© Reuters. The dollar is under pressure on a potential trade war
Investing.com – The u.s. dollar was trading Wednesday, near a more two-week low against the other major currencies, increasing concern about the wars commercial potential due to new import tariffs the u.s. that have continued to weigh heavily on the greenback.
The greenback weakened after the u.s. president Donald Trump has announced Tuesday that he would continue to impose tariffs on imports of steel and aluminum despite the growing pressure from political allies to back down.
Last week, Trump announced his intention to impose import duties of 25% on steel and 10% aluminum in the framework of a re-engagement of its trade agenda nationalist.
Markets were also nervous after the economic adviser to Trump, Gary Cohn, has announced his resignation Tuesday. The decision was the result of a disagreement between Cohn and the president of the United States regarding import duties.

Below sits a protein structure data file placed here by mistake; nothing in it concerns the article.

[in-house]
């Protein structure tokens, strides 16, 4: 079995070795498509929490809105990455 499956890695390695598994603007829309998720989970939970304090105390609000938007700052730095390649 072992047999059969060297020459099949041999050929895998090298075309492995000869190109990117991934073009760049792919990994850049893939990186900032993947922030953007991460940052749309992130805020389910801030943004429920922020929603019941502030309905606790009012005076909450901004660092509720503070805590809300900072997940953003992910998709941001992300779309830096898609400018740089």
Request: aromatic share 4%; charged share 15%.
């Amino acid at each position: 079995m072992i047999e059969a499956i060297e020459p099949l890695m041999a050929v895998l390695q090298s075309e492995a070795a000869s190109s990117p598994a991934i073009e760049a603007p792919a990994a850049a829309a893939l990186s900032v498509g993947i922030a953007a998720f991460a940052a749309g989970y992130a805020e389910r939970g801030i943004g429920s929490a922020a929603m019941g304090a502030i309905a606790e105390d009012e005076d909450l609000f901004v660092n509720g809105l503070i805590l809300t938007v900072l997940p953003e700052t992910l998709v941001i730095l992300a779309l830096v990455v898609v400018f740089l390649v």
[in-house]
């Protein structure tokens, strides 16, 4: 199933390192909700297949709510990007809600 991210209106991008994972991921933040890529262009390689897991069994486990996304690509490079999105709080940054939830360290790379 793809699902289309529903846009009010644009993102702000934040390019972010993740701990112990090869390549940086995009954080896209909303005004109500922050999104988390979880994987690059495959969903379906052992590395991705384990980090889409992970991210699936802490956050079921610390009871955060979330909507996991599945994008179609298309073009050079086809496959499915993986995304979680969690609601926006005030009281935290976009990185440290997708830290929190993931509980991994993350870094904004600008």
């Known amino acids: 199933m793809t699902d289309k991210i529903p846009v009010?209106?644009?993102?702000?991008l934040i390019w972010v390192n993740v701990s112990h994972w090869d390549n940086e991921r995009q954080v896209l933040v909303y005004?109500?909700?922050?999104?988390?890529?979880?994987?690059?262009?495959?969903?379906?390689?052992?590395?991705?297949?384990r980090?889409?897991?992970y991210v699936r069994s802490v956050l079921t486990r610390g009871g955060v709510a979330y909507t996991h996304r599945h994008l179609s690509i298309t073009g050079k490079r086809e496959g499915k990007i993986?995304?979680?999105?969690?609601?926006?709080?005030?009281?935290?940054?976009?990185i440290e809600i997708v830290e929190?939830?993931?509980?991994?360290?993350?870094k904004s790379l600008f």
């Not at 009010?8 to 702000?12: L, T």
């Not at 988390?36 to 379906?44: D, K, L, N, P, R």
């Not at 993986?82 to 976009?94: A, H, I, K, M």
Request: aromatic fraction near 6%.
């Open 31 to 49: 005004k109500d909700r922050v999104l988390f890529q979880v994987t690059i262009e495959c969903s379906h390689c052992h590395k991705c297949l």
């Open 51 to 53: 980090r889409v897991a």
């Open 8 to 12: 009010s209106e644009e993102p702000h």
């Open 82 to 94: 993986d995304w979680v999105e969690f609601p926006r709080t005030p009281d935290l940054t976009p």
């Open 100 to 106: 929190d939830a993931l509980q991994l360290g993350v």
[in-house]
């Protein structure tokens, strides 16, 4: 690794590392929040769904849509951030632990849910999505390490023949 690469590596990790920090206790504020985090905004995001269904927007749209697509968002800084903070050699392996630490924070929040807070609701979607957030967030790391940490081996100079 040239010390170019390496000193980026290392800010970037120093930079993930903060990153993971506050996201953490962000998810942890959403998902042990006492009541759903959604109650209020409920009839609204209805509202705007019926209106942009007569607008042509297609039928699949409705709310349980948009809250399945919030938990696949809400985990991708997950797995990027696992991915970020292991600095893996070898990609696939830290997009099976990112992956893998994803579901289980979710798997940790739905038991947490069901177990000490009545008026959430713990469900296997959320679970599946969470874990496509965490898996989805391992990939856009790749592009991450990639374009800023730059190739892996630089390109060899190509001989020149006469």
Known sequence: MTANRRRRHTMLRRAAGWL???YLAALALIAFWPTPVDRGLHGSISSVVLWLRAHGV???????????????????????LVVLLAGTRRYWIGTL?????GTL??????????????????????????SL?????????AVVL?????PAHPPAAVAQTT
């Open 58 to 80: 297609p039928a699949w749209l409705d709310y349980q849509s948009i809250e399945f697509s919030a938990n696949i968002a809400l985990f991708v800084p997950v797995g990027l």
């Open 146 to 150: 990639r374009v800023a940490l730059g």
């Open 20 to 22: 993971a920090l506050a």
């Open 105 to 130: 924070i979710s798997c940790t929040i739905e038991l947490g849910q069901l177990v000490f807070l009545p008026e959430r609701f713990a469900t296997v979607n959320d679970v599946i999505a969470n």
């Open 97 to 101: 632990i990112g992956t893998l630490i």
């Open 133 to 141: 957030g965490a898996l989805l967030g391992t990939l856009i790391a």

Market players are concerned that the proposed rates do not cause inflation and do not cause retaliation from trading partners with the americans. The main holders of us Treasury bonds, including China and the european Union, could thus reduce their holdings of americans.
The dollar index, which measures the strength of the dollar against a basket of six major currencies, fell by 0.11% to 89,46 at 05h15 (9.15 am GMT) after touching a low of two weeks 89,38 during the night.
The euro’s advance, with the EUR / USD up 0.19% to 1,2427, while the GBP / USD slipped 0.11% to 1,3872.
Elsewhere, the yen and the swiss franc have been strong, with USD / JPY down 0.44% at 105,64 and with USD / CHF sliding 0.34% to 0,9377.
The dollars of australia and new zealand were lower, with AUD / USD losing 0.26 per cent to 0,7809 and with NZD / USD down 0.15% to 0,7279.
During this time, USD / CAD has increased from 0.40% to trade at 1,2927, as investors turn to the decision on the interest rate of the Bank of Canada later in the day.
The Bank of Canada has stated that the uncertainty surrounding the future of the free trade Agreement, north american will weigh increasingly on the outlook for the canadian economy.